I agree that this needs to happen and it needs to happen soon. I am not entirely sure that I agree with the opinion that the GST should be appointed by the GEB, but it is an issue that the GST is looked on as both a secretary and a "leader". (to use the term loosely) People vote the person who they politically agree with for the GST position (that is, if there is more than one candidate). Which, as can be seen recently, we need someone that is competent with the books in that position.

tsiatko wrote:
What then we should have is an elected General Organizer position. The key to this would be elected. Because then we could have debate and decision over which direction the IWW should go as a whole. In this model, organizing would be decided democratically, would aid in the education of the membership, and would break down the behind the scenes conflict of various informal rival cliques.

Do you not see this possibly coming out of the new OD? It seems to me to be somewhat problematic that the new OD cannot take a stand on the direction of organizing and instead it is only a facilitation process. I am not going to comment on the internal politicking of the union, other than to say it is annoying and counter productive.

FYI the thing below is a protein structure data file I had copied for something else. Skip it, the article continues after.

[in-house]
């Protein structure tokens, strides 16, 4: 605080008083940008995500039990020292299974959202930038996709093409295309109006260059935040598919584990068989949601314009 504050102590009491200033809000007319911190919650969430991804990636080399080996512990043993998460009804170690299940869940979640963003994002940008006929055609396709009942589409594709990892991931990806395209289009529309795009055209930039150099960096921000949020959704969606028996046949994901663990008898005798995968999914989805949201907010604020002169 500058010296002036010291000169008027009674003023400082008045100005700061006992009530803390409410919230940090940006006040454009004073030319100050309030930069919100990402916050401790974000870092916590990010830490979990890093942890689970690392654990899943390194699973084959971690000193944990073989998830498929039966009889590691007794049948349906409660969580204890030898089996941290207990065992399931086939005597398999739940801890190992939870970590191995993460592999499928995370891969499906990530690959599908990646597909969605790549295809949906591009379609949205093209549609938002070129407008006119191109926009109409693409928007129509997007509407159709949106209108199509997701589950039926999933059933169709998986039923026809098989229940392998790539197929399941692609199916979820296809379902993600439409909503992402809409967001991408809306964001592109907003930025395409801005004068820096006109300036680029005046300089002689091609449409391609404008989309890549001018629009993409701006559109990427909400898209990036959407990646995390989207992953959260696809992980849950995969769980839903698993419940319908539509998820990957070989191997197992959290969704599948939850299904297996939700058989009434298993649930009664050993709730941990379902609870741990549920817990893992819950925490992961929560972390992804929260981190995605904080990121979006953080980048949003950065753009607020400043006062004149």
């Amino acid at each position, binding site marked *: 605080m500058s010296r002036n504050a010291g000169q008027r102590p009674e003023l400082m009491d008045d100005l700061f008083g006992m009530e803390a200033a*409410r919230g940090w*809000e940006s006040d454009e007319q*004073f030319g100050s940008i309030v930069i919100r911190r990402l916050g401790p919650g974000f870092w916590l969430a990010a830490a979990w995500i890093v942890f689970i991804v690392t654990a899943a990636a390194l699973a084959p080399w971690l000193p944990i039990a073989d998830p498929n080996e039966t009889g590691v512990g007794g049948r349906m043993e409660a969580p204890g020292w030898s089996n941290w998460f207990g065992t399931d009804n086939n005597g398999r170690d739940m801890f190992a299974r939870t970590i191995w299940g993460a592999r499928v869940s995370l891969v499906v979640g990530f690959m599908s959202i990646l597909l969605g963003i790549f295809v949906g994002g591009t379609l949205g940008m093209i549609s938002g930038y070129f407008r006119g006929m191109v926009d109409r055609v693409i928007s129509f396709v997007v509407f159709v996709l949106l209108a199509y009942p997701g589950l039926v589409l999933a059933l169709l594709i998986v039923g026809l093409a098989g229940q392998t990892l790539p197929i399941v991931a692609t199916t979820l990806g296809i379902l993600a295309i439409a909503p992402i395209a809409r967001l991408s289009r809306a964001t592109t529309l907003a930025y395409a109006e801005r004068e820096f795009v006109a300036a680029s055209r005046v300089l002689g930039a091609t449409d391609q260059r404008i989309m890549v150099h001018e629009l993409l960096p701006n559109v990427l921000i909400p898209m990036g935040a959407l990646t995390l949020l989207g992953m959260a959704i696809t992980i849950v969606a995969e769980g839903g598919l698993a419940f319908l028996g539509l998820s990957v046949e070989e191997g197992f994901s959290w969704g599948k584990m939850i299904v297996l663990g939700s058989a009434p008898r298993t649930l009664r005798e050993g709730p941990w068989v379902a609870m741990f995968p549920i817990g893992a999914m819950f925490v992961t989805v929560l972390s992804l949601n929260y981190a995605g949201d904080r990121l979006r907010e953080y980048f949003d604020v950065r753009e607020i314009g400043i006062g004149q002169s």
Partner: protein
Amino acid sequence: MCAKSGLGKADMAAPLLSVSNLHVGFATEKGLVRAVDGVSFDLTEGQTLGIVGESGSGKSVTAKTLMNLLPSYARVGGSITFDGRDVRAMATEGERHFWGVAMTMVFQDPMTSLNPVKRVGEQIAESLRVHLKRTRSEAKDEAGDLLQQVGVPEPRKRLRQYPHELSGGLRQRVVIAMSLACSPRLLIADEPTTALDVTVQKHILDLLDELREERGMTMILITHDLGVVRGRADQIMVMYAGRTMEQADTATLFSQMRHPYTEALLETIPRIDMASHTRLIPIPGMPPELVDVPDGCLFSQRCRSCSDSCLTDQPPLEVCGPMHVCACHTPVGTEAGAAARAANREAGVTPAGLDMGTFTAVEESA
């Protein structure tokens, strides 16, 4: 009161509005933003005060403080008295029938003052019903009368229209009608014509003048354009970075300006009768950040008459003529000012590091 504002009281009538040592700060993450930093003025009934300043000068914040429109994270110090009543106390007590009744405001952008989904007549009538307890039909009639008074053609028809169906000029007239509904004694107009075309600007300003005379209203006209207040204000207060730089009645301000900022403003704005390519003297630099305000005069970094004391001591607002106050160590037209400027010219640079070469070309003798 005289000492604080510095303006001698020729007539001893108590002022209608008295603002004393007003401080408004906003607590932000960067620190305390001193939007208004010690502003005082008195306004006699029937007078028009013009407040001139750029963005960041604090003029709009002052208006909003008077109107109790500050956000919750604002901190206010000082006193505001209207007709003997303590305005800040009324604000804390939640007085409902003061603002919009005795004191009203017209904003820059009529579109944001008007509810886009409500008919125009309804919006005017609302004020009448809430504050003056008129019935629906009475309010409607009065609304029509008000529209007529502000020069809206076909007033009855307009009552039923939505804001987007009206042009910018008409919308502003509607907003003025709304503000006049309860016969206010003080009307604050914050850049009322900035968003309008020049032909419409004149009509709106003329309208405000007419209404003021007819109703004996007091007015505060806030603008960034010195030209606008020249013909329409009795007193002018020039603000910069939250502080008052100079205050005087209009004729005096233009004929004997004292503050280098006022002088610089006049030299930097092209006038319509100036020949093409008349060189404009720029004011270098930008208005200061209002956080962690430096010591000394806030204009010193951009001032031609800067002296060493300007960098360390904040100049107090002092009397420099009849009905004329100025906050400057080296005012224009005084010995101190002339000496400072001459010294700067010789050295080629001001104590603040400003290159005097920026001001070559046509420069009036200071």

But, I also don't see these structural changes being made anytime soon. It would be better --in my opinion-- to focus on our internal communication in order to build the union. For instance, PDX and SF do not talk enough about concerted strategy. I know we have informal discussions between the 2 branches, however, we do not work together quite enough. If we were to solidify internal dialog and communication, these changes may be closer to being reality. (Do I hear a proposal for a West Coast organizers conference? I think that might be what it is.)

fnbrill's picture
fnbrill
Offline
Joined: 13-01-07
Mar 4 2007 21:37

BTW Perhaps we should restart this thread(s) over inthelibcom wobblies section rather than here in history?

janky
Offline
Joined: 26-12-05
Mar 4 2007 21:43

tsiatko,

pretty good run down of the problems of the GMB structure. It's funny how we don't have these discussions internally.

Bubbles's picture
Bubbles
Offline
Joined: 4-12-06
Mar 4 2007 21:51

tsiako. you should come down to my branch and help us crack the whip.

fnbrill's picture
fnbrill
Offline
Joined: 13-01-07
Mar 4 2007 21:53
janky wrote:
I agree that this needs to happen and it needs to happen soon. I am not entirely sure that I agree with the opinion that the GST should be appointed by the GEB, but it is an issue that the GST is looked on as both a secretary and a "leader". (to use the term loosely) People vote the person who they politically agree with for the GST position (that is, if there is more than one candidate). Which, as can be seen recently, we need someone that is competent with the books in that position.